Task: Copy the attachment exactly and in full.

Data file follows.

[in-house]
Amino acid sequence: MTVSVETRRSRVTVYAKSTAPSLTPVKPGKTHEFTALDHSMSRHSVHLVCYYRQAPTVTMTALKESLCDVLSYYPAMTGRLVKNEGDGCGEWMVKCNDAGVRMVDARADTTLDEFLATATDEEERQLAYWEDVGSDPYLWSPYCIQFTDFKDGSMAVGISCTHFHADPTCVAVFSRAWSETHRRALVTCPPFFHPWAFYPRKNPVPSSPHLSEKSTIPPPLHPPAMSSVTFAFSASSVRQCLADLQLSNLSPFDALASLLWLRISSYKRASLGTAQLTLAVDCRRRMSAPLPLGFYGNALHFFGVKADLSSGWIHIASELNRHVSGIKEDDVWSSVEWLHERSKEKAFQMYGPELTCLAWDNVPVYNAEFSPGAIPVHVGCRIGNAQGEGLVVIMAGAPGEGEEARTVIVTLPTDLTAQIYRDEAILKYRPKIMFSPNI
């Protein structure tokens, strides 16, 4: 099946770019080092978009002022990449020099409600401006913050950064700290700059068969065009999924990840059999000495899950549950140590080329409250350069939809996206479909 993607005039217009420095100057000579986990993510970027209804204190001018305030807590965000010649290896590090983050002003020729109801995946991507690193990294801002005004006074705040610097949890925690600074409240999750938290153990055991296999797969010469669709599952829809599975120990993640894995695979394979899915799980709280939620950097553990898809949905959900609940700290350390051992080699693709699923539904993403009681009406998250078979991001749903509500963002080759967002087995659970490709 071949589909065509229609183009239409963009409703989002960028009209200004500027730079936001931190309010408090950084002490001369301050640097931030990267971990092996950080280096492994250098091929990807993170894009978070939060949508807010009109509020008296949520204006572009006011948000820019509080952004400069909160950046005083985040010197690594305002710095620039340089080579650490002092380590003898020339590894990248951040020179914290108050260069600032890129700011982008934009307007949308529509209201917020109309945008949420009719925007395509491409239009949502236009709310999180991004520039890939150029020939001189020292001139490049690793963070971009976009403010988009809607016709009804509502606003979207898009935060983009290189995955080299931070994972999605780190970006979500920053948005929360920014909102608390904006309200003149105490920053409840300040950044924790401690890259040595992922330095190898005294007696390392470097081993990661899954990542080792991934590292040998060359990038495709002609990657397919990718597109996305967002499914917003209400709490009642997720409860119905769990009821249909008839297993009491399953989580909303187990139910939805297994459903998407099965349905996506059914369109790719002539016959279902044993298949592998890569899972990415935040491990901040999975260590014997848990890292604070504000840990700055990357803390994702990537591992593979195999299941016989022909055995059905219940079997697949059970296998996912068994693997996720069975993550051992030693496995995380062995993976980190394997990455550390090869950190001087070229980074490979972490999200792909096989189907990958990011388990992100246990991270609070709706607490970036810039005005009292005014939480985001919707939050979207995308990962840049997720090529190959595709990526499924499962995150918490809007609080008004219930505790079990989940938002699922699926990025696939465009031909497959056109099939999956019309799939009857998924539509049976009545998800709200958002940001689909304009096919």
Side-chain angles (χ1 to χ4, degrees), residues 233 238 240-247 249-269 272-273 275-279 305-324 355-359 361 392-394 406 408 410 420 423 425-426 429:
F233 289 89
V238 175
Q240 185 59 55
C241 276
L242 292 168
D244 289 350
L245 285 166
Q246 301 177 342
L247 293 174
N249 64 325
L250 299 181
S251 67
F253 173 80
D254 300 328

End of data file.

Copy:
[in-house]
Amino acid sequence: MTVSVETRRSRVTVYAKSTAPSLTPVKPGKTHEFTALDHSMSRHSVHLVCYYRQAPTVTMTALKESLCDVLSYYPAMTGRLVKNEGDGCGEWMVKCNDAGVRMVDARADTTLDEFLATATDEEERQLAYWEDVGSDPYLWSPYCIQFTDFKDGSMAVGISCTHFHADPTCVAVFSRAWSETHRRALVTCPPFFHPWAFYPRKNPVPSSPHLSEKSTIPPPLHPPAMSSVTFAFSASSVRQCLADLQLSNLSPFDALASLLWLRISSYKRASLGTAQLTLAVDCRRRMSAPLPLGFYGNALHFFGVKADLSSGWIHIASELNRHVSGIKEDDVWSSVEWLHERSKEKAFQMYGPELTCLAWDNVPVYNAEFSPGAIPVHVGCRIGNAQGEGLVVIMAGAPGEGEEARTVIVTLPTDLTAQIYRDEAILKYRPKIMFSPNI
């Protein structure tokens, strides 16, 4: 099946770019080092978009002022990449020099409600401006913050950064700290700059068969065009999924990840059999000495899950549950140590080329409250350069939809996206479909 993607005039217009420095100057000579986990993510970027209804204190001018305030807590965000010649290896590090983050002003020729109801995946991507690193990294801002005004006074705040610097949890925690600074409240999750938290153990055991296999797969010469669709599952829809599975120990993640894995695979394979899915799980709280939620950097553990898809949905959900609940700290350390051992080699693709699923539904993403009681009406998250078979991001749903509500963002080759967002087995659970490709 071949589909065509229609183009239409963009409703989002960028009209200004500027730079936001931190309010408090950084002490001369301050640097931030990267971990092996950080280096492994250098091929990807993170894009978070939060949508807010009109509020008296949520204006572009006011948000820019509080952004400069909160950046005083985040010197690594305002710095620039340089080579650490002092380590003898020339590894990248951040020179914290108050260069600032890129700011982008934009307007949308529509209201917020109309945008949420009719925007395509491409239009949502236009709310999180991004520039890939150029020939001189020292001139490049690793963070971009976009403010988009809607016709009804509502606003979207898009935060983009290189995955080299931070994972999605780190970006979500920053948005929360920014909102608390904006309200003149105490920053409840300040950044924790401690890259040595992922330095190898005294007696390392470097081993990661899954990542080792991934590292040998060359990038495709002609990657397919990718597109996305967002499914917003209400709490009642997720409860119905769990009821249909008839297993009491399953989580909303187990139910939805297994459903998407099965349905996506059914369109790719002539016959279902044993298949592998890569899972990415935040491990901040999975260590014997848990890292604070504000840990700055990357803390994702990537591992593979195999299941016989022909055995059905219940079997697949059970296998996912068994693997996720069975993550051992030693496995995380062995993976980190394997990455550390090869950190001087070229980074490979972490999200792909096989189907990958990011388990992100246990991270609070709706607490970036810039005005009292005014939480985001919707939050979207995308990962840049997720090529190959595709990526499924499962995150918490809007609080008004219930505790079990989940938002699922699926990025696939465009031909497959056109099939999956019309799939009857998924539509049976009545998800709200958002940001689909304009096919």
Side-chain angles (χ1 to χ4, degrees), residues 233 238 240-247 249-269 272-273 275-279 305-324 355-359 361 392-394 406 408 410 420 423 425-426 429:
F233 289 89
V238 175
Q240 185 59 55
C241 276
L242 292 168
D244 289 350
L245 285 166
Q246 301 177 342
L247 293 174
N249 64 325
L250 299 181
S251 67
F253 173 80
D254 300 328